• Wash your hands when you prepare food and make sure all utensils and surfaces are clean. Wash all fruits and salad vegetables.

• Ensure your food is always cooked properly. Avoid undercooked meat, poultry, fish and eggs. Avoid unpasteurised dairy products.

• Check use-by dates and do not use foods that are out of date.

Fiona Roulston is a CORU registered dietitian with a BSc (Hons) in Human Nutrition & Dietetics and is a member of INDI, the professional body for regulated dietitians in Ireland. She works as a dietitian manager in radiation oncology.

 

How can I access help after treatment?

After cancer treatment, cancer survivors should follow the cancer prevention recommendations opposite to help prevent cancer recurrence. However, some side effects of treatment can linger and if cancer treatment has affected the ability to eat or digest some foods, it's best to get specialist advice from a dietitian, doctor or specialist nurse.

A referral to a registered dietitian can be organised by an oncologist, specialist nurse or GP. Alternatively, to book an appointment with a freelance registered dietitian, details can be found at:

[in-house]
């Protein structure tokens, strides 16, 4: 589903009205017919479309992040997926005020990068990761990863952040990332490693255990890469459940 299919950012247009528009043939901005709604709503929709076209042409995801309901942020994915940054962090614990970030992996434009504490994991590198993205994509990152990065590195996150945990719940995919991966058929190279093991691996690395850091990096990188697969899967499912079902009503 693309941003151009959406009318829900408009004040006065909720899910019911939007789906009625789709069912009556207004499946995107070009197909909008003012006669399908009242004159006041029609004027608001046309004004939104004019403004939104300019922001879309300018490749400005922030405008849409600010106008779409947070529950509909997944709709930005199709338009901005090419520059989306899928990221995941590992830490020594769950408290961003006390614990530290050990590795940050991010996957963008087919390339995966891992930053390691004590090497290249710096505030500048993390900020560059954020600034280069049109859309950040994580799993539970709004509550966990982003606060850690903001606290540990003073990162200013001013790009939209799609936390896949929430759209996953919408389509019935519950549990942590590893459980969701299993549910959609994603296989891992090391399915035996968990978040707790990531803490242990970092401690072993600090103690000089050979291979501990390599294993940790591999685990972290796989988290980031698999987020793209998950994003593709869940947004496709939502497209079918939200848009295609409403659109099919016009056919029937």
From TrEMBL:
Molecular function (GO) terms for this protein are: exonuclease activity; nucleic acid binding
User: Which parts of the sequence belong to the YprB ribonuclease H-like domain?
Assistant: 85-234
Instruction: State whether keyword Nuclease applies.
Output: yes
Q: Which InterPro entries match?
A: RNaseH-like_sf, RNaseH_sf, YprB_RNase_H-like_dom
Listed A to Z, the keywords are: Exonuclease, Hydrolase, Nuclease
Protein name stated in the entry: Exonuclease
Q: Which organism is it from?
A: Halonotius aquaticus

Irish Nutrition & Dietetic Institute, indi.ie

Self Employed Dietitians of Ireland, sedi.ie

The biggest myths busted

Misinformation about nutrition and cancer is rife and can have devastating consequences for people with cancer. It is understandable that a person diagnosed with cancer would consider trying anything that might help make them better and give them a greater sense of control. However extreme 'cancer diets' can be harmful. Some of the common diet myths include:

• Whether it be an alkaline diet, a vegan diet or juice diet - remember there is no proof that diet can treat or cure cancer. These diets can be restrictive and can result in nutrient deficiencies.

• Cutting out sugar and carbohydrates to 'starve the tumour' - this idea oversimplifies a complicated process. All cells in the body use a type of sugar called glucose as a source of fuel. As cancer cells divide more rapidly than normal cells they use more glucose. However the body tightly regulates the glucose level in the blood and there is no scientific evidence that cutting out sugar or carbohydrate foods starves a tumour of glucose.

• High doses of supplements - high-dose anti-oxidant supplements may interact with cancer treatments and drugs so are not recommended.